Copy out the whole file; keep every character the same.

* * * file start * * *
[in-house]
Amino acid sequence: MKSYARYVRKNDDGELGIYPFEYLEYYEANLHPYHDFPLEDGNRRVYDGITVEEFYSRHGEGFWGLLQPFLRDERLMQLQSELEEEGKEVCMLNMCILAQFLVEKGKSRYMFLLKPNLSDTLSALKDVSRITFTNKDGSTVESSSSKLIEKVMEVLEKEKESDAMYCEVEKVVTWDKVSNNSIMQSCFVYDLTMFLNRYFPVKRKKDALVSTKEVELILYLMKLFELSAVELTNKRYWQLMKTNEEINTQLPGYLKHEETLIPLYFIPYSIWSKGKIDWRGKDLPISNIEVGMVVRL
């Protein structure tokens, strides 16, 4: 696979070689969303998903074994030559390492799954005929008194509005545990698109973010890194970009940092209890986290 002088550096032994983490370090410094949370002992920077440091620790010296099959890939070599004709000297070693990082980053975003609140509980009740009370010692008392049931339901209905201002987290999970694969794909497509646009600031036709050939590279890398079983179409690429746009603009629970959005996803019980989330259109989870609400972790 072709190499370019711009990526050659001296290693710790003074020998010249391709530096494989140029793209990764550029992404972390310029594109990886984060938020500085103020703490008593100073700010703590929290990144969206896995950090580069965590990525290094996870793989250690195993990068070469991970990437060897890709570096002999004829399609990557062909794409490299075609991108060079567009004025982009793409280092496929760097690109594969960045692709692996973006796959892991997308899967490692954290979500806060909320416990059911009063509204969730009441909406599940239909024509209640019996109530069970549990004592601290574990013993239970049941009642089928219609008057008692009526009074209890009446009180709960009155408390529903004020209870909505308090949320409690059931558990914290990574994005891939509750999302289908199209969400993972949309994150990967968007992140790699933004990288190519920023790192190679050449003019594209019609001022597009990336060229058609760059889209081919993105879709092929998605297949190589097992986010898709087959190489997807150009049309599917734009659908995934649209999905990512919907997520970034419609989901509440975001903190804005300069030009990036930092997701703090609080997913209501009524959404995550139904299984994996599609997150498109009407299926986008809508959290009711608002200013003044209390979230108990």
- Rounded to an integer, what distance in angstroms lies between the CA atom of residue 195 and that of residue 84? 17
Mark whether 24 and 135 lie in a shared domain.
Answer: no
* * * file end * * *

[in-house]
Amino acid sequence: MKSYARYVRKNDDGELGIYPFEYLEYYEANLHPYHDFPLEDGNRRVYDGITVEEFYSRHGEGFWGLLQPFLRDERLMQLQSELEEEGKEVCMLNMCILAQFLVEKGKSRYMFLLKPNLSDTLSALKDVSRITFTNKDGSTVESSSSKLIEKVMEVLEKEKESDAMYCEVEKVVTWDKVSNNSIMQSCFVYDLTMFLNRYFPVKRKKDALVSTKEVELILYLMKLFELSAVELTNKRYWQLMKTNEEINTQLPGYLKHEETLIPLYFIPYSIWSKGKIDWRGKDLPISNIEVGMVVRL
């Protein structure tokens, strides 16, 4: 696979070689969303998903074994030559390492799954005929008194509005545990698109973010890194970009940092209890986290 002088550096032994983490370090410094949370002992920077440091620790010296099959890939070599004709000297070693990082980053975003609140509980009740009370010692008392049931339901209905201002987290999970694969794909497509646009600031036709050939590279890398079983179409690429746009603009629970959005996803019980989330259109989870609400972790 072709190499370019711009990526050659001296290693710790003074020998010249391709530096494989140029793209990764550029992404972390310029594109990886984060938020500085103020703490008593100073700010703590929290990144969206896995950090580069965590990525290094996870793989250690195993990068070469991970990437060897890709570096002999004829399609990557062909794409490299075609991108060079567009004025982009793409280092496929760097690109594969960045692709692996973006796959892991997308899967490692954290979500806060909320416990059911009063509204969730009441909406599940239909024509209640019996109530069970549990004592601290574990013993239970049941009642089928219609008057008692009526009074209890009446009180709960009155408390529903004020209870909505308090949320409690059931558990914290990574994005891939509750999302289908199209969400993972949309994150990967968007992140790699933004990288190519920023790192190679050449003019594209019609001022597009990336060229058609760059889209081919993105879709092929998605297949190589097992986010898709087959190489997807150009049309599917734009659908995934649209999905990512919907997520970034419609989901509440975001903190804005300069030009990036930092997701703090609080997913209501009524959404995550139904299984994996599609997150498109009407299926986008809508959290009711608002200013003044209390979230108990």
- Rounded to an integer, what distance in angstroms lies between the CA atom of residue 195 and that of residue 84? 17
Mark whether 24 and 135 lie in a shared domain.
Answer: no